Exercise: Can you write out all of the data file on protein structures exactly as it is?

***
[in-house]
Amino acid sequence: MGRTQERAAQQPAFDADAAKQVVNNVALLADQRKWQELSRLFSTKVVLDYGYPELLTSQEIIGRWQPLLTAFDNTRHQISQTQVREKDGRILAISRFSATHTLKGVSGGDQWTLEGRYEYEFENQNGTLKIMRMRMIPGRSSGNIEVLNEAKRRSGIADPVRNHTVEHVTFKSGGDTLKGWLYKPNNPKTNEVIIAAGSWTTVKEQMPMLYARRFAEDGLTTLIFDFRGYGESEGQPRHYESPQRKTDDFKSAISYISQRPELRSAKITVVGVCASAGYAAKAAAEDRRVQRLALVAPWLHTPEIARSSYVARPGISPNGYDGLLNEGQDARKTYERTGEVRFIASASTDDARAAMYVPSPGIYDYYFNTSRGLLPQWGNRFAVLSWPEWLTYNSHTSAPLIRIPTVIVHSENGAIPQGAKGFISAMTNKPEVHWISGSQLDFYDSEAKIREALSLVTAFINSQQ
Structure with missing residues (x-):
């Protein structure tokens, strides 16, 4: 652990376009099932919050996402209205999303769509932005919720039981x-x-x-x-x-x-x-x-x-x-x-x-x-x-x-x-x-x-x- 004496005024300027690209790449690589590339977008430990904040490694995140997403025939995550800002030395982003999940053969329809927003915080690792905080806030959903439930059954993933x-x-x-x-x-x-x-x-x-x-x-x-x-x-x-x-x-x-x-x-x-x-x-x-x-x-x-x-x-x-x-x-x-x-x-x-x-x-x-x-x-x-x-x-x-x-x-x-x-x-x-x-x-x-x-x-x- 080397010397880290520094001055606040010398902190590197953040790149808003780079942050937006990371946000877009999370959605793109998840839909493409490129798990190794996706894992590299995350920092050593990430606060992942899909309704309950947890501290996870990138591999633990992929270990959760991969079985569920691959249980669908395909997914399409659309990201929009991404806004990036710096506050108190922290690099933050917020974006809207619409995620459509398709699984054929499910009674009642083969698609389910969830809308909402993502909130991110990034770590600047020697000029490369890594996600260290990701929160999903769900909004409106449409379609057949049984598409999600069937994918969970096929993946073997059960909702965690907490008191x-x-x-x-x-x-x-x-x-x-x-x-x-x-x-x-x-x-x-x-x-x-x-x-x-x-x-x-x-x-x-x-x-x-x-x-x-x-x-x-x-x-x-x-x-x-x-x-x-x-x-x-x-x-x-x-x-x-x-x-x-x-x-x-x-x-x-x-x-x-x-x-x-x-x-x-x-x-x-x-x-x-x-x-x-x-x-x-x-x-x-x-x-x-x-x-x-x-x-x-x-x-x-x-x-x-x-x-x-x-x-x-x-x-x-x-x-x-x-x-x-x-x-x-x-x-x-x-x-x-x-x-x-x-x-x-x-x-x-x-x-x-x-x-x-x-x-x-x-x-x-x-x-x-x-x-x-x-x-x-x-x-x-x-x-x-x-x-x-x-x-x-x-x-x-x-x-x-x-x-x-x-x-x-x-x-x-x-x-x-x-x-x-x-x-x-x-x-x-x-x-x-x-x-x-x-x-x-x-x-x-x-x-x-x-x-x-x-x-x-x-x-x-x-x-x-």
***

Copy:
[in-house]
Amino acid sequence: MGRTQERAAQQPAFDADAAKQVVNNVALLADQRKWQELSRLFSTKVVLDYGYPELLTSQEIIGRWQPLLTAFDNTRHQISQTQVREKDGRILAISRFSATHTLKGVSGGDQWTLEGRYEYEFENQNGTLKIMRMRMIPGRSSGNIEVLNEAKRRSGIADPVRNHTVEHVTFKSGGDTLKGWLYKPNNPKTNEVIIAAGSWTTVKEQMPMLYARRFAEDGLTTLIFDFRGYGESEGQPRHYESPQRKTDDFKSAISYISQRPELRSAKITVVGVCASAGYAAKAAAEDRRVQRLALVAPWLHTPEIARSSYVARPGISPNGYDGLLNEGQDARKTYERTGEVRFIASASTDDARAAMYVPSPGIYDYYFNTSRGLLPQWGNRFAVLSWPEWLTYNSHTSAPLIRIPTVIVHSENGAIPQGAKGFISAMTNKPEVHWISGSQLDFYDSEAKIREALSLVTAFINSQQ
Structure with missing residues (x-):
């Protein structure tokens, strides 16, 4: 652990376009099932919050996402209205999303769509932005919720039981x-x-x-x-x-x-x-x-x-x-x-x-x-x-x-x-x-x-x- 004496005024300027690209790449690589590339977008430990904040490694995140997403025939995550800002030395982003999940053969329809927003915080690792905080806030959903439930059954993933x-x-x-x-x-x-x-x-x-x-x-x-x-x-x-x-x-x-x-x-x-x-x-x-x-x-x-x-x-x-x-x-x-x-x-x-x-x-x-x-x-x-x-x-x-x-x-x-x-x-x-x-x-x-x-x-x- 080397010397880290520094001055606040010398902190590197953040790149808003780079942050937006990371946000877009999370959605793109998840839909493409490129798990190794996706894992590299995350920092050593990430606060992942899909309704309950947890501290996870990138591999633990992929270990959760991969079985569920691959249980669908395909997914399409659309990201929009991404806004990036710096506050108190922290690099933050917020974006809207619409995620459509398709699984054929499910009674009642083969698609389910969830809308909402993502909130991110990034770590600047020697000029490369890594996600260290990701929160999903769900909004409106449409379609057949049984598409999600069937994918969970096929993946073997059960909702965690907490008191x-x-x-x-x-x-x-x-x-x-x-x-x-x-x-x-x-x-x-x-x-x-x-x-x-x-x-x-x-x-x-x-x-x-x-x-x-x-x-x-x-x-x-x-x-x-x-x-x-x-x-x-x-x-x-x-x-x-x-x-x-x-x-x-x-x-x-x-x-x-x-x-x-x-x-x-x-x-x-x-x-x-x-x-x-x-x-x-x-x-x-x-x-x-x-x-x-x-x-x-x-x-x-x-x-x-x-x-x-x-x-x-x-x-x-x-x-x-x-x-x-x-x-x-x-x-x-x-x-x-x-x-x-x-x-x-x-x-x-x-x-x-x-x-x-x-x-x-x-x-x-x-x-x-x-x-x-x-x-x-x-x-x-x-x-x-x-x-x-x-x-x-x-x-x-x-x-x-x-x-x-x-x-x-x-x-x-x-x-x-x-x-x-x-x-x-x-x-x-x-x-x-x-x-x-x-x-x-x-x-x-x-x-x-x-x-x-x-x-x-x-x-x-x-x-x-």